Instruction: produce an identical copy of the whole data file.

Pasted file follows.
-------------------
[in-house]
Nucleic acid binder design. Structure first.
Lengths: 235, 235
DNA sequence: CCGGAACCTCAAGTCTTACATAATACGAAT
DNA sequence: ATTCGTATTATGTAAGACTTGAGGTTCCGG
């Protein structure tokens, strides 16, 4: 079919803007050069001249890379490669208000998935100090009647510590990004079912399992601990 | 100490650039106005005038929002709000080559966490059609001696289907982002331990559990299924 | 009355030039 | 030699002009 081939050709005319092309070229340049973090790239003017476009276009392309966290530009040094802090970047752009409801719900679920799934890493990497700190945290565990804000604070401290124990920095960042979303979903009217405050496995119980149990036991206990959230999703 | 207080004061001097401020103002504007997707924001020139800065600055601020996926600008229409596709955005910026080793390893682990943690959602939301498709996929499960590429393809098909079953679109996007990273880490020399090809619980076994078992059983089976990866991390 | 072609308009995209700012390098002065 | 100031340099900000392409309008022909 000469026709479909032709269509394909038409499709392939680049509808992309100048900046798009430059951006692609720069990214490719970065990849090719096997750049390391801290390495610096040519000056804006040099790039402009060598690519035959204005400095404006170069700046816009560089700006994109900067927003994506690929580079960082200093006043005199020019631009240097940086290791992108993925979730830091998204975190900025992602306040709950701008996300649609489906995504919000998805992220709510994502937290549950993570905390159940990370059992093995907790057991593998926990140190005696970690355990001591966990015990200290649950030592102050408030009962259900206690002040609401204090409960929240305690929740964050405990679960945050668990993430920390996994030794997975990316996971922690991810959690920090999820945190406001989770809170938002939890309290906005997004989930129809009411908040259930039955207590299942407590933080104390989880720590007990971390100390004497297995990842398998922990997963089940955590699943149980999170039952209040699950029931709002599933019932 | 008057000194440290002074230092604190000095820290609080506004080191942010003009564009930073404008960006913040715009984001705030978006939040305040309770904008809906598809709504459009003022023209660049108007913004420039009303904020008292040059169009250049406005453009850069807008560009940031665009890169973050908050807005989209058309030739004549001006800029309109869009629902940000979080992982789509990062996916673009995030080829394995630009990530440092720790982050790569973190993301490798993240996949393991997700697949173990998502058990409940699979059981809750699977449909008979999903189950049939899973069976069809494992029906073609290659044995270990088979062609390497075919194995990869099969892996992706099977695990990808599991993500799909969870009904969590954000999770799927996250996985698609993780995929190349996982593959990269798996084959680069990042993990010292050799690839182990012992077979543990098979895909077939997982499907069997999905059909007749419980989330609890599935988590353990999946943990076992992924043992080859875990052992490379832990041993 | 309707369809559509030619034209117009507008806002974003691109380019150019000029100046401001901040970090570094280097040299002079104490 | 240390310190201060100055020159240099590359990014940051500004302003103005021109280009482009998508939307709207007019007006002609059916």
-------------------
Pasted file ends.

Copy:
[in-house]
Nucleic acid binder design. Structure first.
Lengths: 235, 235
DNA sequence: CCGGAACCTCAAGTCTTACATAATACGAAT
DNA sequence: ATTCGTATTATGTAAGACTTGAGGTTCCGG
């Protein structure tokens, strides 16, 4: 079919803007050069001249890379490669208000998935100090009647510590990004079912399992601990 | 100490650039106005005038929002709000080559966490059609001696289907982002331990559990299924 | 009355030039 | 030699002009 081939050709005319092309070229340049973090790239003017476009276009392309966290530009040094802090970047752009409801719900679920799934890493990497700190945290565990804000604070401290124990920095960042979303979903009217405050496995119980149990036991206990959230999703 | 207080004061001097401020103002504007997707924001020139800065600055601020996926600008229409596709955005910026080793390893682990943690959602939301498709996929499960590429393809098909079953679109996007990273880490020399090809619980076994078992059983089976990866991390 | 072609308009995209700012390098002065 | 100031340099900000392409309008022909 000469026709479909032709269509394909038409499709392939680049509808992309100048900046798009430059951006692609720069990214490719970065990849090719096997750049390391801290390495610096040519000056804006040099790039402009060598690519035959204005400095404006170069700046816009560089700006994109900067927003994506690929580079960082200093006043005199020019631009240097940086290791992108993925979730830091998204975190900025992602306040709950701008996300649609489906995504919000998805992220709510994502937290549950993570905390159940990370059992093995907790057991593998926990140190005696970690355990001591966990015990200290649950030592102050408030009962259900206690002040609401204090409960929240305690929740964050405990679960945050668990993430920390996994030794997975990316996971922690991810959690920090999820945190406001989770809170938002939890309290906005997004989930129809009411908040259930039955207590299942407590933080104390989880720590007990971390100390004497297995990842398998922990997963089940955590699943149980999170039952209040699950029931709002599933019932 | 008057000194440290002074230092604190000095820290609080506004080191942010003009564009930073404008960006913040715009984001705030978006939040305040309770904008809906598809709504459009003022023209660049108007913004420039009303904020008292040059169009250049406005453009850069807008560009940031665009890169973050908050807005989209058309030739004549001006800029309109869009629902940000979080992982789509990062996916673009995030080829394995630009990530440092720790982050790569973190993301490798993240996949393991997700697949173990998502058990409940699979059981809750699977449909008979999903189950049939899973069976069809494992029906073609290659044995270990088979062609390497075919194995990869099969892996992706099977695990990808599991993500799909969870009904969590954000999770799927996250996985698609993780995929190349996982593959990269798996084959680069990042993990010292050799690839182990012992077979543990098979895909077939997982499907069997999905059909007749419980989330609890599935988590353990999946943990076992992924043992080859875990052992490379832990041993 | 309707369809559509030619034209117009507008806002974003691109380019150019000029100046401001901040970090570094280097040299002079104490 | 240390310190201060100055020159240099590359990014940051500004302003103005021109280009482009998508939307709207007019007006002609059916």